Saving Baby E, a Cleft Palate Puppy
I have a cleft puppy named Ian Huckleberry, who we just call "Baby E" and "Bug." His mother was a Pit Bull Terrier. His father is unknown and we think there may have been more than one father siring his litter. He kind of looks to have some Bull Terrier in him, but that is only a guess.
He was brought into my life at just one day old nearly dead. He was one of 9 puppies to a stray mama we rescued. The mama and babies went to one foster and Ian stayed with me so he could get private one-on-one care. He was close to 7 ounces when I got him at 24 hours old. Not much bigger than a Bic lighter, if that gives you some idea just how tiny he was.
He had to be stimulated to urinate and defecate, and he was placed on a heating pad under a warming lamp for weeks. If not, his temp would tank out and he would become critical. For a week or so, until I could stabilize him, we were bound to the home only, but after he began to stabilize I started bringing him to the foster’s home where his mom and siblings were staying so he could have time with them. His siblings were three times his size and I would have to watch him closely to make sure they did not trample him.
He would lie with the pack up against mom while they would eat and he would join them for naps. He did not know that he was supposed to nurse; this was never possible for him—the instinct to do so didn’t seem to really be present. So while they pigged out, he slept nuzzled up to his family and I felt that his bonding with them was very important in his mental growth. We did this a couple of times a week for almost three months.
This picture shows a comparison of how small his foot was next to his normal-sized littermate.
He was at death's door. He had no readable temperature, his blood sugar was tanked, and he was severely dehydrated. His heartbeat was barely able to be heard. This boy appeared to not have much of a fighting chance, but even in his weakened state, there was something about him that I knew was worth fighting for. There was no denying he was special and I just knew he wanted to live.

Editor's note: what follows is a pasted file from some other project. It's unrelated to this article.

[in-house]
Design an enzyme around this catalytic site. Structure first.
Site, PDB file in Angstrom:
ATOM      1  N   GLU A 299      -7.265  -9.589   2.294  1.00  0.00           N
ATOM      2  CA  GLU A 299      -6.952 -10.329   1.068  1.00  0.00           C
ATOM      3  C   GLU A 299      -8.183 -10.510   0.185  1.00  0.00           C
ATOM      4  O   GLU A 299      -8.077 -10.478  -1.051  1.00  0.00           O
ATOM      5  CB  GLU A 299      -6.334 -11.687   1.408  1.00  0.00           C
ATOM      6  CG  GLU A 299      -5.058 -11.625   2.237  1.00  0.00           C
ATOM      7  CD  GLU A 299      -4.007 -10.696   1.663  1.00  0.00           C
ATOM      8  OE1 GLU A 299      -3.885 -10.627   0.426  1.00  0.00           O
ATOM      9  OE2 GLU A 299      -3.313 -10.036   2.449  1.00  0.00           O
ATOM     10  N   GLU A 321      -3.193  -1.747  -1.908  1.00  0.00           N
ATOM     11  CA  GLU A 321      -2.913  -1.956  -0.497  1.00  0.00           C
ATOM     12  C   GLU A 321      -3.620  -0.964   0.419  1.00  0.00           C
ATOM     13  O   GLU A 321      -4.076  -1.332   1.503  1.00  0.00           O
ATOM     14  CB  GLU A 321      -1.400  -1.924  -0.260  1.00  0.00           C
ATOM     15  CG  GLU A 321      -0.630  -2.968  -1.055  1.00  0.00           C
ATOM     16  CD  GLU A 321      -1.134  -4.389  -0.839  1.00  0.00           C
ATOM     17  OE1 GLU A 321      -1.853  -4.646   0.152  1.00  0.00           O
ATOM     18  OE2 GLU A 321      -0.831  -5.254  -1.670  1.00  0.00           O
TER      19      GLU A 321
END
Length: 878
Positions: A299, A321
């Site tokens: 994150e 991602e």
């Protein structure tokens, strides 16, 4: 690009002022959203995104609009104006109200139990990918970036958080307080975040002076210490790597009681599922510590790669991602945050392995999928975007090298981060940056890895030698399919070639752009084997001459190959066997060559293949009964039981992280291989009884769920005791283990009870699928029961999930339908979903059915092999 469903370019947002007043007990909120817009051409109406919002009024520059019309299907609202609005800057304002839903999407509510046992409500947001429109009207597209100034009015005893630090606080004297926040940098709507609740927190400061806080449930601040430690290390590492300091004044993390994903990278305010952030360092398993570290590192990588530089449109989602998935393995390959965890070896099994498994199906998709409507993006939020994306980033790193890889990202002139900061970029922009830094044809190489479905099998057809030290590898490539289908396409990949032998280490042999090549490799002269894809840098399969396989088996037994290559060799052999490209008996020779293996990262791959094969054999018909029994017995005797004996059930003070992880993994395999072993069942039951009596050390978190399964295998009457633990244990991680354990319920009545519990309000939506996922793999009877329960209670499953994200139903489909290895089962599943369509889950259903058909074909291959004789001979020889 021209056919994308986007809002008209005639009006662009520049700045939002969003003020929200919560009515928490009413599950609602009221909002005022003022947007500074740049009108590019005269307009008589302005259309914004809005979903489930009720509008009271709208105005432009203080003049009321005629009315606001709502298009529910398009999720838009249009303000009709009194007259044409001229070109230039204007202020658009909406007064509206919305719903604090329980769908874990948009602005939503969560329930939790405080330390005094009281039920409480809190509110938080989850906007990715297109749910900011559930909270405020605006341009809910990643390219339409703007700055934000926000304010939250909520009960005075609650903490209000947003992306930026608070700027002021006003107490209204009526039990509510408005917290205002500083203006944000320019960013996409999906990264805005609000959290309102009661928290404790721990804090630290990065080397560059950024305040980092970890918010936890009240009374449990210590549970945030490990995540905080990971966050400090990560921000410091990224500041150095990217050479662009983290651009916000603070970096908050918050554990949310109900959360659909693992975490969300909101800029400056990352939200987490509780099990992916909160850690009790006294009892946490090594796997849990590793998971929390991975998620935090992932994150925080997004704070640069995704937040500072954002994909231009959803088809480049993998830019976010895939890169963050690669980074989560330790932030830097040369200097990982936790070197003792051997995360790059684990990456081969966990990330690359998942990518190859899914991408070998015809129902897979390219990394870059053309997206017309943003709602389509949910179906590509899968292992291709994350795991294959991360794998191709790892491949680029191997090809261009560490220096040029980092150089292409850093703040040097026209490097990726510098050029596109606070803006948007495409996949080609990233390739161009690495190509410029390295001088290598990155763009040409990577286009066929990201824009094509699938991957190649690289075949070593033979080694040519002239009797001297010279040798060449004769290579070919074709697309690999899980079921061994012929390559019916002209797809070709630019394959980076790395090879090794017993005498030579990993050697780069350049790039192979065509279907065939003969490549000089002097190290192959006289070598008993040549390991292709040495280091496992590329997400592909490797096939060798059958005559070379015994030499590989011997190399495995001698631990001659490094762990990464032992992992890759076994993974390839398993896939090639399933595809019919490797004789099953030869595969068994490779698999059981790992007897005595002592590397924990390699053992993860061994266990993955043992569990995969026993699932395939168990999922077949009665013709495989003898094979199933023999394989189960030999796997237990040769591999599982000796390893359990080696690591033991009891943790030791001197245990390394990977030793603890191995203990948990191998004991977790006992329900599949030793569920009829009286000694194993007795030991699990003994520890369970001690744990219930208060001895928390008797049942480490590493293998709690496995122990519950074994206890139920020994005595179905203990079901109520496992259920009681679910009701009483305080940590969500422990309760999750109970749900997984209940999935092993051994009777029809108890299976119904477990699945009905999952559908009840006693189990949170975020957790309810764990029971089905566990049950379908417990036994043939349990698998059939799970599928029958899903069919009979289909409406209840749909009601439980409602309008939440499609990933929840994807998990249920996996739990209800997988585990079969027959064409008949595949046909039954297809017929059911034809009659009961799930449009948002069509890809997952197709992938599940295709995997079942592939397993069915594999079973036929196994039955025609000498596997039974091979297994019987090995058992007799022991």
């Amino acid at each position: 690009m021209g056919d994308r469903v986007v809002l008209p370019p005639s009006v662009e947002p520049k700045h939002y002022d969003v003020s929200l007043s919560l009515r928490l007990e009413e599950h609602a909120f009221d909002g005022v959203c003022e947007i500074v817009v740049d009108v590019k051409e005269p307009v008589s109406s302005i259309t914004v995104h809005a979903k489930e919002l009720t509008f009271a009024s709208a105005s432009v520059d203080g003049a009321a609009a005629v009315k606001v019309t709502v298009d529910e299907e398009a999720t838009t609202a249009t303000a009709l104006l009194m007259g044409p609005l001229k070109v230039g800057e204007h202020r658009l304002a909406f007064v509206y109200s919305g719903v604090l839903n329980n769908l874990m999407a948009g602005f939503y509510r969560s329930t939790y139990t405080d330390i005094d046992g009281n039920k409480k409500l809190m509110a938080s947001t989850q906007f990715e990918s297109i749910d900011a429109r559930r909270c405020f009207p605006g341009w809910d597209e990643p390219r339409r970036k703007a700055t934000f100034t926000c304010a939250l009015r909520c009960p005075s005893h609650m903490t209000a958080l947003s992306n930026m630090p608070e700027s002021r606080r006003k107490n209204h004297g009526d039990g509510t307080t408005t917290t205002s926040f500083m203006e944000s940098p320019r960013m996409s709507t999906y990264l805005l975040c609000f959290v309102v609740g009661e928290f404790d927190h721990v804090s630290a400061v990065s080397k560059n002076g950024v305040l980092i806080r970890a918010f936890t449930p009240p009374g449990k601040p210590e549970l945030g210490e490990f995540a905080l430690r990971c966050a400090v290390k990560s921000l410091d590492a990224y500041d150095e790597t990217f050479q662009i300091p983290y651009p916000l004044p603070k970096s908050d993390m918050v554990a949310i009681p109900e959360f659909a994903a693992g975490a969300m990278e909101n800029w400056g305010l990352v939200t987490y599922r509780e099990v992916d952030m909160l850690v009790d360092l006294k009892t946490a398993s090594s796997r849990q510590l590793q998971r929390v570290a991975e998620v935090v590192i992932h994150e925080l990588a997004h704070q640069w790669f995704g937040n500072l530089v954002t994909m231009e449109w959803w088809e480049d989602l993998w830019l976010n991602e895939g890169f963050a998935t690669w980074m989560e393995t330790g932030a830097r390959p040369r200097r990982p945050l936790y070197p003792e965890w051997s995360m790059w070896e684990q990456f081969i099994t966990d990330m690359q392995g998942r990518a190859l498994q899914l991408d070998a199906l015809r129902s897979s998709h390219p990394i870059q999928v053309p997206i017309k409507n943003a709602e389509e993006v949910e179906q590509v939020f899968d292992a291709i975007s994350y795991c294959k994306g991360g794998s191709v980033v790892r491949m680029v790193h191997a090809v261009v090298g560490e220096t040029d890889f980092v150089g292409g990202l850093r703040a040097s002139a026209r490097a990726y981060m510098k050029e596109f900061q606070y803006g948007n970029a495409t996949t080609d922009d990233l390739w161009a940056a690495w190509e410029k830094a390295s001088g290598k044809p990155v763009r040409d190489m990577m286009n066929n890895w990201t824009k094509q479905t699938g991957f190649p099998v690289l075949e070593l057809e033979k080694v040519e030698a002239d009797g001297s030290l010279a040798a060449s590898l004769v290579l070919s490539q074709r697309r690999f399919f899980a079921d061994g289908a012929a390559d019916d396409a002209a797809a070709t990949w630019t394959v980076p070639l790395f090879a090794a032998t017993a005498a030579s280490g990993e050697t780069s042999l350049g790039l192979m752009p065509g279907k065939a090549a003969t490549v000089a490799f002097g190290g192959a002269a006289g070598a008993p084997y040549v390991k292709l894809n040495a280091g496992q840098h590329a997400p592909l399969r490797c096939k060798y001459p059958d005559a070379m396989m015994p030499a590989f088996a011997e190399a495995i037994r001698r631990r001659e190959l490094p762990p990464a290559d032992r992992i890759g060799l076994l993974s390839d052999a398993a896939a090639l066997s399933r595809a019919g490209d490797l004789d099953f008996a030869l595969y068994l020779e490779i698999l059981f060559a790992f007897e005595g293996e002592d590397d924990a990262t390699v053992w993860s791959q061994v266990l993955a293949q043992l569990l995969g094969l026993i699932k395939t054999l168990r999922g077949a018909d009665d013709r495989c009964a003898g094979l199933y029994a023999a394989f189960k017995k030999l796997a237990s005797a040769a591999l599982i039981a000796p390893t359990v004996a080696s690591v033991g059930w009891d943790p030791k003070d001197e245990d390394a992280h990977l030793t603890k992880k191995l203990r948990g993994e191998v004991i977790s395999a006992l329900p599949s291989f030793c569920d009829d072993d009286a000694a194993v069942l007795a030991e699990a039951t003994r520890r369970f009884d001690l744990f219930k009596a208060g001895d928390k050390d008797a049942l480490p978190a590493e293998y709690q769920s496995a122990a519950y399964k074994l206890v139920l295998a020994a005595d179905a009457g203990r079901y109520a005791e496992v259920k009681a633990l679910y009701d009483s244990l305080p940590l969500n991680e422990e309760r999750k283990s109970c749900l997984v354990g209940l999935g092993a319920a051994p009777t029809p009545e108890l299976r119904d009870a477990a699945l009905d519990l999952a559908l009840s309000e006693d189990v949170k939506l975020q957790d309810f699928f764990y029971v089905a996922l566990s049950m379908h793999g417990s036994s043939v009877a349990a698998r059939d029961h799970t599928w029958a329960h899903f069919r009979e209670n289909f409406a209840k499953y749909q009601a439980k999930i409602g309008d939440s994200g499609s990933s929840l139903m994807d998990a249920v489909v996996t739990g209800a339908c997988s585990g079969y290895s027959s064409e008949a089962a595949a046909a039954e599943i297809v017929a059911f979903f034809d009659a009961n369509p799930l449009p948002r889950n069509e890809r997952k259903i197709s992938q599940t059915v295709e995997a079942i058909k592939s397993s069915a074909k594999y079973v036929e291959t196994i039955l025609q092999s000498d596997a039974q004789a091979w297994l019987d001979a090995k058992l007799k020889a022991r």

Ian was tube fed for 9 weeks straight around the clock. We started at first every 2 hours for 3 weeks, then every 3 hours for 2 weeks, then every 4 hours for 4 weeks until we finally graduated to less tube feedings while slowly and cautiously introducing food and water. While tube feeding, Ian went everywhere with me. In the process he became “famous” around places I would go, and people just immediately fell in love with him. The girls at the vet’s office would just fawn all over him and let me tell ya, he loved that. I am not sure if it is possible really, but I swear he would flirt with them and charm them into his spell. He was definitely a ladies’ ‘man.’
The vet did not see his cleft palate initially until he was over 2 weeks old, but because I believed he did not have a natural suckle instinct I started tube feeding him immediately in an effort to save his life. At the time when his cleft was initially diagnosed it appeared to only affect his hard palate. However, my vet did not perform cleft surgeries so the hunt for a vet that could help him was in full gear.
I started teaching him to drink water at 9 weeks old from a rabbit feeder while receiving supplemental water via tube accompanied by regular tube feedings. Then he was slowly introduced to hard kibble by hand, one piece at a time. He now can drink freely from a bowl but since he learned from a rabbit feeder, he has learned to manage by taking a couple of sips and then tilting his own head back to allow the water to roll down his throat and bypass his cleft. What a smart little fella. He does still have to be monitored when eating hard kibble so he does not eat too fast and choke. He is quite the little piggy and would eat all day long if he could.
His cleft now not only affects his hard palate, but his soft palate as well. As he has aged his cleft palate has become larger, finally appearing to have stopped or slowed down in expanding at around 4-5 months old.